The LISI high-tech, low-energy house designed and built by Team Austria was crowned the winner at the 2013 Solar Decathlon, one of the world’s most acclaimed contests for sustainable construction.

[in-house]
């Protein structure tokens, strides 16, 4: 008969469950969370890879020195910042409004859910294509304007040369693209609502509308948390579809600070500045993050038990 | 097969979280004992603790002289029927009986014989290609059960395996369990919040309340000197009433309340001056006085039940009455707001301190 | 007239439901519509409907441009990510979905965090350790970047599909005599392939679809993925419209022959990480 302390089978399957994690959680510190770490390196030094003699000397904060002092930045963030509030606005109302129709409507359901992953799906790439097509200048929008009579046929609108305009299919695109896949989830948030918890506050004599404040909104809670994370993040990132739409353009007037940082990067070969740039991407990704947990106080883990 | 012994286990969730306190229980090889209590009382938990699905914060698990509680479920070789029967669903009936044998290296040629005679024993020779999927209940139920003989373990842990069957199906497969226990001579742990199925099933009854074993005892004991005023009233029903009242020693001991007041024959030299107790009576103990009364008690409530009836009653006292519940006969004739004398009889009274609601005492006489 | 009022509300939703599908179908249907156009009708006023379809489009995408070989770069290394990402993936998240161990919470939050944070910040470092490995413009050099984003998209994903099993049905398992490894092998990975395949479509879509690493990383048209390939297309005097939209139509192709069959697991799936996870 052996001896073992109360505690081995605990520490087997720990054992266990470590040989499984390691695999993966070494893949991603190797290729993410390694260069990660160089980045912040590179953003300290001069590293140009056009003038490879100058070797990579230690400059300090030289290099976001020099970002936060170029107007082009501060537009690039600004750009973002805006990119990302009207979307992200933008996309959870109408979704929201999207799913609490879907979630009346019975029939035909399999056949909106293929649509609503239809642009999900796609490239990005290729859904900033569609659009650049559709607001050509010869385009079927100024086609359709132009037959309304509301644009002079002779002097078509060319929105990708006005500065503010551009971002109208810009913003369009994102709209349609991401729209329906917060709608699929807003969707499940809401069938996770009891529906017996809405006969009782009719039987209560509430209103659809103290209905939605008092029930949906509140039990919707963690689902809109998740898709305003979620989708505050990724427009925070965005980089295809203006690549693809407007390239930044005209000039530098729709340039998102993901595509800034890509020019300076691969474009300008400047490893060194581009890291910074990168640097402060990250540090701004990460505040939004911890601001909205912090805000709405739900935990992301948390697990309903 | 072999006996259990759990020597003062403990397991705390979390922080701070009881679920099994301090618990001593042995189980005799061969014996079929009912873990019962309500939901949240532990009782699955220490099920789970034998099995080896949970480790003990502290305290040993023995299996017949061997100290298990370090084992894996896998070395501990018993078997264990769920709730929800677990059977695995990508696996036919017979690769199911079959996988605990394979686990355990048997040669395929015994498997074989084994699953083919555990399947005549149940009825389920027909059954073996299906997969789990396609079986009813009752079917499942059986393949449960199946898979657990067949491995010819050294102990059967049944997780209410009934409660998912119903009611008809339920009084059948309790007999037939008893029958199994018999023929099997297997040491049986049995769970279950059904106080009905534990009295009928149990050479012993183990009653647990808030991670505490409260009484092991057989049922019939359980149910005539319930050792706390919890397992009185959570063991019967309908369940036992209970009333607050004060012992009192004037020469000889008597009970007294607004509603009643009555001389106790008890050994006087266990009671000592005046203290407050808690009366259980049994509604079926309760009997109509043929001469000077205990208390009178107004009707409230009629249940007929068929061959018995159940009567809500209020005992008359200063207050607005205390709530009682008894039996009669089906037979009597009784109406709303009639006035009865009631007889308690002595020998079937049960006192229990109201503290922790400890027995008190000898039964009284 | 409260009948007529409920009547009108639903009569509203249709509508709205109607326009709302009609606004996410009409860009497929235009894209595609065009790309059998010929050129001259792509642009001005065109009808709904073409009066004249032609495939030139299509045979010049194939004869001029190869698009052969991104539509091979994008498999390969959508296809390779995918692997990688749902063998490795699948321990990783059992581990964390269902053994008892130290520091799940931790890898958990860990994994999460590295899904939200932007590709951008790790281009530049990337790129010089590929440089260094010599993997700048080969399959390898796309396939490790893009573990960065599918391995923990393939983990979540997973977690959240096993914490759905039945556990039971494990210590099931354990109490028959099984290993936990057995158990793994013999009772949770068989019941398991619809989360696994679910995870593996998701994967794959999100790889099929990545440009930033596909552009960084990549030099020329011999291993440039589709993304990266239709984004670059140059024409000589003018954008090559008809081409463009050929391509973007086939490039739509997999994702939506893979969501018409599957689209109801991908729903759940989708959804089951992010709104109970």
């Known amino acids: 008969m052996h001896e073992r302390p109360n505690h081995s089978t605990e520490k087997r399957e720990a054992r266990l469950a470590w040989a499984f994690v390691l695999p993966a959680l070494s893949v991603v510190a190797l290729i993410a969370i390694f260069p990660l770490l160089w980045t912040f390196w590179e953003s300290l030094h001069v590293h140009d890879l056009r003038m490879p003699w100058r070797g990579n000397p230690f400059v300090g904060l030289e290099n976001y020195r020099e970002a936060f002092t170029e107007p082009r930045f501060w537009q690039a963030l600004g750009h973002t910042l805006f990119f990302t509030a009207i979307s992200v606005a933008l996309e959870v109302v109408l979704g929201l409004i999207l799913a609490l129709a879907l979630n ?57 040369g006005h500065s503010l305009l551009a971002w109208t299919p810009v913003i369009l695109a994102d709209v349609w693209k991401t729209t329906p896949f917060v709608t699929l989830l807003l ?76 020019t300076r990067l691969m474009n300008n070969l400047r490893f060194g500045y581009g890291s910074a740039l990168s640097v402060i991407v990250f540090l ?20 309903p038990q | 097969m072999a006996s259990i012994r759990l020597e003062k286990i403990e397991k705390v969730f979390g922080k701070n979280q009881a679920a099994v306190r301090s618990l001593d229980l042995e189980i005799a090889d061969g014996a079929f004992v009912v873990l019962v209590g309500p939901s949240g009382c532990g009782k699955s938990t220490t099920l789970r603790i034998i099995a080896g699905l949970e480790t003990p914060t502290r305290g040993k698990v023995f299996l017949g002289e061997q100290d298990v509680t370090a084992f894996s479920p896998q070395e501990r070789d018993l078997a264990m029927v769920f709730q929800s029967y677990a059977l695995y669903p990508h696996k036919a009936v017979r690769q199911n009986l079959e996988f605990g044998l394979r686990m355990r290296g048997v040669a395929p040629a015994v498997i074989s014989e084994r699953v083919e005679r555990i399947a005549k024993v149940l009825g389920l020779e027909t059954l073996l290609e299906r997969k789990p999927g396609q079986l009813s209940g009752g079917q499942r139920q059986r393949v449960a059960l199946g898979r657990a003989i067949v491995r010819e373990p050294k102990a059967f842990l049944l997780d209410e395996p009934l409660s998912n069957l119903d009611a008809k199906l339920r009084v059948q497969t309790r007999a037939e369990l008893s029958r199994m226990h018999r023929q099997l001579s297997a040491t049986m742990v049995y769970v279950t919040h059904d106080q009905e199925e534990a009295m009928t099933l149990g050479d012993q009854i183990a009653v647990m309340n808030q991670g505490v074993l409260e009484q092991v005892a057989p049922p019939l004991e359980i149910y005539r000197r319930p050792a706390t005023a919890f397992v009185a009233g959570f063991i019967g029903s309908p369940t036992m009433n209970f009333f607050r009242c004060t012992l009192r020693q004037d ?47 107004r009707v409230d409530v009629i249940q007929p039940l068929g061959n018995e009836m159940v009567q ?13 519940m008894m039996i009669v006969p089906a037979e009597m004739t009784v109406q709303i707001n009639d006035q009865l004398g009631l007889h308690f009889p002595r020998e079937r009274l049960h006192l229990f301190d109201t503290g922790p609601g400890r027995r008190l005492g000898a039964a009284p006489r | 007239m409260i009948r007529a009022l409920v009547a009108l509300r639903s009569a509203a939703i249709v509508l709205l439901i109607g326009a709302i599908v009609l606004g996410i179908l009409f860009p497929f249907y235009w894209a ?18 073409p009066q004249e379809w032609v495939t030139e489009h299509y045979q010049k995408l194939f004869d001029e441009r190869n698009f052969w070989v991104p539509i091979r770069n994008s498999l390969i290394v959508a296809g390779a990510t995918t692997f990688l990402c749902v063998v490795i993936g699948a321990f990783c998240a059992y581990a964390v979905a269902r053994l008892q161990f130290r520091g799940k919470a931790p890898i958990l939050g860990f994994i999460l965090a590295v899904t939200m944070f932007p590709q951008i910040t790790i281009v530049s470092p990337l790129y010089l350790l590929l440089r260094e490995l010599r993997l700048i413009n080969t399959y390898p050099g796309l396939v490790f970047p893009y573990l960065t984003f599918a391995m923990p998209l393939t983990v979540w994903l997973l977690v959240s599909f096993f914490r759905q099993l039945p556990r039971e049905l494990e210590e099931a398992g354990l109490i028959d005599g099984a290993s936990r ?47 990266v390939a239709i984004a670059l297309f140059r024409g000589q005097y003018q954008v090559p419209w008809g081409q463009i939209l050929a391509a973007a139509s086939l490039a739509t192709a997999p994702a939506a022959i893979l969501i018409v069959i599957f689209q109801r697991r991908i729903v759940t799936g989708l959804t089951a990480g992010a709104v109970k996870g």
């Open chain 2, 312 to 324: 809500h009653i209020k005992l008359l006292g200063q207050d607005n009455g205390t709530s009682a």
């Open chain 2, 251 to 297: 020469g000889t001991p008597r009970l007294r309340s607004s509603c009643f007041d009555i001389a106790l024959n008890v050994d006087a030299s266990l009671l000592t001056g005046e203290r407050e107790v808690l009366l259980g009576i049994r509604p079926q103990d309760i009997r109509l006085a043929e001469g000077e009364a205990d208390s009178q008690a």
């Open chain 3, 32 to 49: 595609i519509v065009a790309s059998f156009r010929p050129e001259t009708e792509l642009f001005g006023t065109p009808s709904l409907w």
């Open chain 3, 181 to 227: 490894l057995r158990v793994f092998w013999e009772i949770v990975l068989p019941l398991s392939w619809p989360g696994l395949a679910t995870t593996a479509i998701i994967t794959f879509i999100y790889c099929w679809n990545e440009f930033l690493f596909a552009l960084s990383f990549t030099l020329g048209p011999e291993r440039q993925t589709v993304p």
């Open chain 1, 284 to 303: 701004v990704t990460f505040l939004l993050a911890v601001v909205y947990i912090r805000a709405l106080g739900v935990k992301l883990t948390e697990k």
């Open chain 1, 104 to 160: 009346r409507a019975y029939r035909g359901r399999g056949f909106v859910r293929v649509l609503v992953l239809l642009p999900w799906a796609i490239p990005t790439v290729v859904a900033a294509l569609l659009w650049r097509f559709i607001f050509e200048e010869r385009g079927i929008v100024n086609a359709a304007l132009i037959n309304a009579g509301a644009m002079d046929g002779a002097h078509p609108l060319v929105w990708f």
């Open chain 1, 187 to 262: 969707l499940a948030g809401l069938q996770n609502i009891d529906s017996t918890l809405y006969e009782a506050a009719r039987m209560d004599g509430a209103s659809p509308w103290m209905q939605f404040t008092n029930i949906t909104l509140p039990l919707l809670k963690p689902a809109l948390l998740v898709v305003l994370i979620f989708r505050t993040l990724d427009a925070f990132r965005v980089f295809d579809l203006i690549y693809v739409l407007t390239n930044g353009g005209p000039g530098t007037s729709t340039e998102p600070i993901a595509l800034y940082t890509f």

A total of 160 teams applied for the “Solar Decathlon” contest, held by the US Department of Energy once every two years. 18 teams from the USA and Canada qualified, along with two teams from Europe. A project team from Austria was also there for the first time. The team was managed by Vienna University of Technology and succeeded in making its mark on its first attempt. The teams built houses on the competition compound in Irvine, near Los Angeles. These houses were then evaluated by a jury on the basis of ten criteria, including the energy produced and consumed, architecture, indoor environmental conditions and economic feasibility. The goal was to achieve the ideal mix of affordability, consumer appeal and excellent design with optimal energy production and maximum efficiency. In the end, the LISI high-tech, low-energy house (Living Inspired by Sustainable Innovation) from Team Austria won out, taking first place for its innovative combination of outstanding architecture and sustainable technology. Furthermore, the LISI energy concept can be transferred to any climate zone with minimal modifications. The building from Austria is built almost exclusively out of wood, even the insulation is from a material using wood fibres. The application of cutting-edge technology allows the house to produce more energy than it consumes. 100 square metres of photovoltaic modules on the roof produce all of the energy needed. Warm/cold water for heating and cooling the interior is provided by two air-water heat pumps.